By Carol Coven Grannick
I’m not big on New Year’s resolutions, and also not big on setting huge lofty goals. I like tiny steps and constant renewal. So I’d like to share a resource that will refresh and renew your writing life, if or when it needs the input.
In 1934, Dorothea Brande had the brains and courage to insist that attention to the writer’s heart and mind is the first step in becoming a writer. That books on craft are useless without those first steps.
And while I don’t spend a lot of time with regret, after picking up Dorothea Brande’s short book Becoming a Writer, on the recommendation of a critique partner, I did give in to a bit of regret. I couldn’t help wishing my undergraduate creative writing degree had begun with this work. I have no question that my committed, productive, energetic writing life would have begun much earlier had I read this book.
If you’ve read the book, and found it important, skip this column and pass the book along. If you haven’t read the book, find it (it’s back in print, and it’s in plenty of libraries). This book belongs right next to Anne Lamott’s Bird by Bird on your writer’s bookshelf. Maybe in front of it.
A taste of her no-nonsense content:
- “The stupid conclusion that if [the writer] cannot write easily he has mistaken his career is sheer nonsense.”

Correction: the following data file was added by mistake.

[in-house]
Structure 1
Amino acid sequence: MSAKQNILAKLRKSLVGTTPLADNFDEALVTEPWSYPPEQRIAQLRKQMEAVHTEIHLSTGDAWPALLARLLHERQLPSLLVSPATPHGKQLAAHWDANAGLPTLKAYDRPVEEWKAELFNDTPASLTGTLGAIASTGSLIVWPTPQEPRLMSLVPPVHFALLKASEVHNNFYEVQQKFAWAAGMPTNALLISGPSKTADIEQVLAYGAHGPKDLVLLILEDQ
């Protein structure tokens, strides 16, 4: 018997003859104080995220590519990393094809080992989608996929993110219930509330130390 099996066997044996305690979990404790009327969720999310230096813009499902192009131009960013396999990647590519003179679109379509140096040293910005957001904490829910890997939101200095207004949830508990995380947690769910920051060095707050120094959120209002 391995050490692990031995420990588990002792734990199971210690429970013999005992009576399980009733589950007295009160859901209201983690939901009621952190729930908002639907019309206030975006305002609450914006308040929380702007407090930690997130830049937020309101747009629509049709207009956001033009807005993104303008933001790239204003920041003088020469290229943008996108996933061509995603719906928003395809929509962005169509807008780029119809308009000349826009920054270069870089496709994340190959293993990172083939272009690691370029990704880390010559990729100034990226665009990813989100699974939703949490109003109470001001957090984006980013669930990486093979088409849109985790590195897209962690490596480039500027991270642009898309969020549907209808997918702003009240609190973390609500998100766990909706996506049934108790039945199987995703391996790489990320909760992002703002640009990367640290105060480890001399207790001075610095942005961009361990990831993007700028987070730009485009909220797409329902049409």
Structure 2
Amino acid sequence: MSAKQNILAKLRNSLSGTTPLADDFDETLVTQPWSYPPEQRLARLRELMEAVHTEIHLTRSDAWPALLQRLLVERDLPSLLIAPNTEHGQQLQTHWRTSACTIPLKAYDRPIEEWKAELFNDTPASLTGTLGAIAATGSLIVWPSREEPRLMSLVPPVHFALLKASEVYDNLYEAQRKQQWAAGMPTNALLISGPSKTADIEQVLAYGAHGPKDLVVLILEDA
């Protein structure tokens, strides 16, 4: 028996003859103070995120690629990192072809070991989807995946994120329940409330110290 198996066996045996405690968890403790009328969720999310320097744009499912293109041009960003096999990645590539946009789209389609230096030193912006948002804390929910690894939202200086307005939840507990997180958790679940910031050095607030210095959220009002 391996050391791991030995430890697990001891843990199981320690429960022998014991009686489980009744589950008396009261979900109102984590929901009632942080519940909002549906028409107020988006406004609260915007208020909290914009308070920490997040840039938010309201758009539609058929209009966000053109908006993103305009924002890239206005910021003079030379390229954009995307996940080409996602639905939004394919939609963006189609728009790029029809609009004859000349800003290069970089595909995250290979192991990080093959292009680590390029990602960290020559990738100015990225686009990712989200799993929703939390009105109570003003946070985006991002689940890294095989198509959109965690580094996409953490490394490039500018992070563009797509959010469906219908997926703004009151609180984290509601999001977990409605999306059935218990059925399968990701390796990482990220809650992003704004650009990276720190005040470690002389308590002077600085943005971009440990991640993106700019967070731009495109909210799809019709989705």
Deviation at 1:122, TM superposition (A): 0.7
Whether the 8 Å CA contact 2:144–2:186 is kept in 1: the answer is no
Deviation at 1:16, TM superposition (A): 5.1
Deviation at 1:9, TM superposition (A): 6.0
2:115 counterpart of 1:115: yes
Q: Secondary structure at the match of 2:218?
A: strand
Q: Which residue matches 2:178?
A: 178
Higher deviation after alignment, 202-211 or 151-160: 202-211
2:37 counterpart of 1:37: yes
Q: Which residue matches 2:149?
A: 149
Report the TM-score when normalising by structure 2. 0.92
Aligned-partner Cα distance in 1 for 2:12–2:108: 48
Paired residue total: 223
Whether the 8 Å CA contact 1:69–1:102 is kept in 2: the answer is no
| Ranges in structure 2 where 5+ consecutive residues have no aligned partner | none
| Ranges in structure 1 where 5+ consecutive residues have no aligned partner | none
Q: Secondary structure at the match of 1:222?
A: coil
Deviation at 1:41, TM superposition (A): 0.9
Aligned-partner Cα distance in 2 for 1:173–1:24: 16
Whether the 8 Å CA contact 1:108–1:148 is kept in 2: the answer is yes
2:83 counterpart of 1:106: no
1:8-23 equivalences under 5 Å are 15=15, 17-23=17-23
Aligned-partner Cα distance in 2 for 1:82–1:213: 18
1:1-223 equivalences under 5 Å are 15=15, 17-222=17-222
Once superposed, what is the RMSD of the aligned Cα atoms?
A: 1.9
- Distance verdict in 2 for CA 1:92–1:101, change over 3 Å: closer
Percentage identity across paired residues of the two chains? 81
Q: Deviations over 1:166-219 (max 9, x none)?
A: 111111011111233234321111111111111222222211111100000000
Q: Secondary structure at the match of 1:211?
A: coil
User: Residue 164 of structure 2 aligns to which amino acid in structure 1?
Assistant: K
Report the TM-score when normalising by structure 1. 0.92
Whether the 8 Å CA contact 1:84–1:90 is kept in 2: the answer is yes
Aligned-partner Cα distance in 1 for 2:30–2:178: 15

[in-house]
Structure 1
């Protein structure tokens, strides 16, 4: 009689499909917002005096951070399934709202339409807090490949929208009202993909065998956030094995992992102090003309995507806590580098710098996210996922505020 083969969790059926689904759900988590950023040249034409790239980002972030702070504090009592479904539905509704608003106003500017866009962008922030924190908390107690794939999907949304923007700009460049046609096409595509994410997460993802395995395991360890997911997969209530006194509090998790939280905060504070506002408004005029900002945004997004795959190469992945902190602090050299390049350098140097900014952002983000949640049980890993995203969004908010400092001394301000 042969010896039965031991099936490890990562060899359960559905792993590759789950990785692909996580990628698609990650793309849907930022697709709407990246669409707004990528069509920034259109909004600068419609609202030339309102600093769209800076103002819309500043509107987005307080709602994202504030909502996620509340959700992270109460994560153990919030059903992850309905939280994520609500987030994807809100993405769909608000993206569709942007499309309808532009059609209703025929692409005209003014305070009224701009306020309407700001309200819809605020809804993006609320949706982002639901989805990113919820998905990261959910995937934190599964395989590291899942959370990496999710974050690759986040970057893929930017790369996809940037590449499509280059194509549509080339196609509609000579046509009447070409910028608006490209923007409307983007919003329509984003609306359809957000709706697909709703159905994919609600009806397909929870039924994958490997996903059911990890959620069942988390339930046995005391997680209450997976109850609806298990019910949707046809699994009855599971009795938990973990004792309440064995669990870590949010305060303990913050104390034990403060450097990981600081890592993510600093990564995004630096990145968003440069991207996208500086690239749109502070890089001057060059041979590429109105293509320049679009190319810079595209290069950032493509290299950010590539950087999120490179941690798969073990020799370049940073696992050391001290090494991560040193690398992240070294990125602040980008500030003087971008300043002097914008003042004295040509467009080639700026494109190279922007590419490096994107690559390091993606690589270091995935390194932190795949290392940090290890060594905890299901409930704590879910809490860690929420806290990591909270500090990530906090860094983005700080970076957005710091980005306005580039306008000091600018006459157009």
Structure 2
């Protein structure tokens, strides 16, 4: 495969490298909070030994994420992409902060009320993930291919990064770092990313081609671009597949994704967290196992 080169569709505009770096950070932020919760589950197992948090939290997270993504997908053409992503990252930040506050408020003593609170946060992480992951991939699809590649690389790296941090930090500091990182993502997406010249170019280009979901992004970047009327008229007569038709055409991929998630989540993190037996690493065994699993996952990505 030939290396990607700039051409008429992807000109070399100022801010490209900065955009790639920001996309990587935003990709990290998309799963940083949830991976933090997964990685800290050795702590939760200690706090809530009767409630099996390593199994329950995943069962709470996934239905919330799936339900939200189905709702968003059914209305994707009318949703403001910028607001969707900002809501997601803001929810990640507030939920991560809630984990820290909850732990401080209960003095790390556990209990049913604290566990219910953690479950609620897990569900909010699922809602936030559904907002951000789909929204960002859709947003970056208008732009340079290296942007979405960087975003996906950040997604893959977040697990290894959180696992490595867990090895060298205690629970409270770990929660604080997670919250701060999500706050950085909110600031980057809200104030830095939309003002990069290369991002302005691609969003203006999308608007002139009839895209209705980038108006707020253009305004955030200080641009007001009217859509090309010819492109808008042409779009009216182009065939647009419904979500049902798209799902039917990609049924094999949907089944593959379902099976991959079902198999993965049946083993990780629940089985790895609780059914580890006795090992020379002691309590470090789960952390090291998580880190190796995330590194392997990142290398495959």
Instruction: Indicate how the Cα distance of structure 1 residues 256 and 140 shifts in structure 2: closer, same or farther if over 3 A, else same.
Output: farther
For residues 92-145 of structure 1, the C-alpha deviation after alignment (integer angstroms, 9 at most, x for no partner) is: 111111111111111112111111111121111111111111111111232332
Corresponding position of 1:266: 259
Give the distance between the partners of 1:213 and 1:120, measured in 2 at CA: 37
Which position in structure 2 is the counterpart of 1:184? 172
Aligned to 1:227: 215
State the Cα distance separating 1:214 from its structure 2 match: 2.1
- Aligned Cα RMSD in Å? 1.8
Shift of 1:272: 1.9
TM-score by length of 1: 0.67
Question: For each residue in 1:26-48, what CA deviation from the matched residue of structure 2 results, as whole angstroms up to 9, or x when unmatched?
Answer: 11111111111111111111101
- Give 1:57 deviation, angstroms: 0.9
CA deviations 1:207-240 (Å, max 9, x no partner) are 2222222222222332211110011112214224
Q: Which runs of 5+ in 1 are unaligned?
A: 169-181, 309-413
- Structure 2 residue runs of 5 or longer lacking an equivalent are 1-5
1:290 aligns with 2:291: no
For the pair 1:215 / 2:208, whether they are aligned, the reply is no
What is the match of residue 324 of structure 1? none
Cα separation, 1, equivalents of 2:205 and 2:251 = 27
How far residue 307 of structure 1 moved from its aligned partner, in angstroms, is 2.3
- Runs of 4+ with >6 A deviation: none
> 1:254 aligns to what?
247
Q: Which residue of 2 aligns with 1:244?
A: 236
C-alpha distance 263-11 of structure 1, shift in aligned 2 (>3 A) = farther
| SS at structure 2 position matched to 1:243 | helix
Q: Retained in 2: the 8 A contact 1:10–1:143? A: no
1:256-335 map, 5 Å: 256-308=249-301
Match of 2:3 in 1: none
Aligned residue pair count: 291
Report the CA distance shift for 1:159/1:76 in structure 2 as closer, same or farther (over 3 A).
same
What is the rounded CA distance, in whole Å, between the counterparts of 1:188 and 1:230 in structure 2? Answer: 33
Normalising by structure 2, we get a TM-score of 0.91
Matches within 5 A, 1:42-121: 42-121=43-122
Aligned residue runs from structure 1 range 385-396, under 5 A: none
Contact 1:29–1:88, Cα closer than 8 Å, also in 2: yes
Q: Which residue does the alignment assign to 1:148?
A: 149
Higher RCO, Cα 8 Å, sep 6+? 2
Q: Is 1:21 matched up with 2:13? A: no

- Writers do—and must—have “dual personalities”: the workman and critic, and the artist, cognitive skills and unconscious working in balance and tandem.
- Writers should write “morning pages” to create and maintain a brain-muscle habit of writing. (Brande made this recommendation long before Julia Cameron’s The Artist’s Way.)
- It is necessary to recognize, but move beyond, resistance to the work.
In my last Prairie Wind column I wrote, “…for me the source of working at staying resilient is telling myself the truth about what keeps me whole and alive in the way I need to feel alive. And that’s the everlasting need to create my place in the world through language, and to make sense of my inner world via the written word.”
I do wish I’d gotten there earlier in life, but I’m grateful to be there now. Brande’s little book with big ideas validates the emotional and intellectual place writers need to be, and provides guidelines for getting and staying there.
The inner life of the writer can always use nurturing, and Dorothea Brande’s Becoming a Writer is a wonderful way to refresh a productive new writing year – anytime at all.
Carol Coven Grannick writes picture books and middle-grade novels. In private practice as a clinical social worker, she works with writers and others to create and maintain emotional resilience. She can be reached at email@example.com.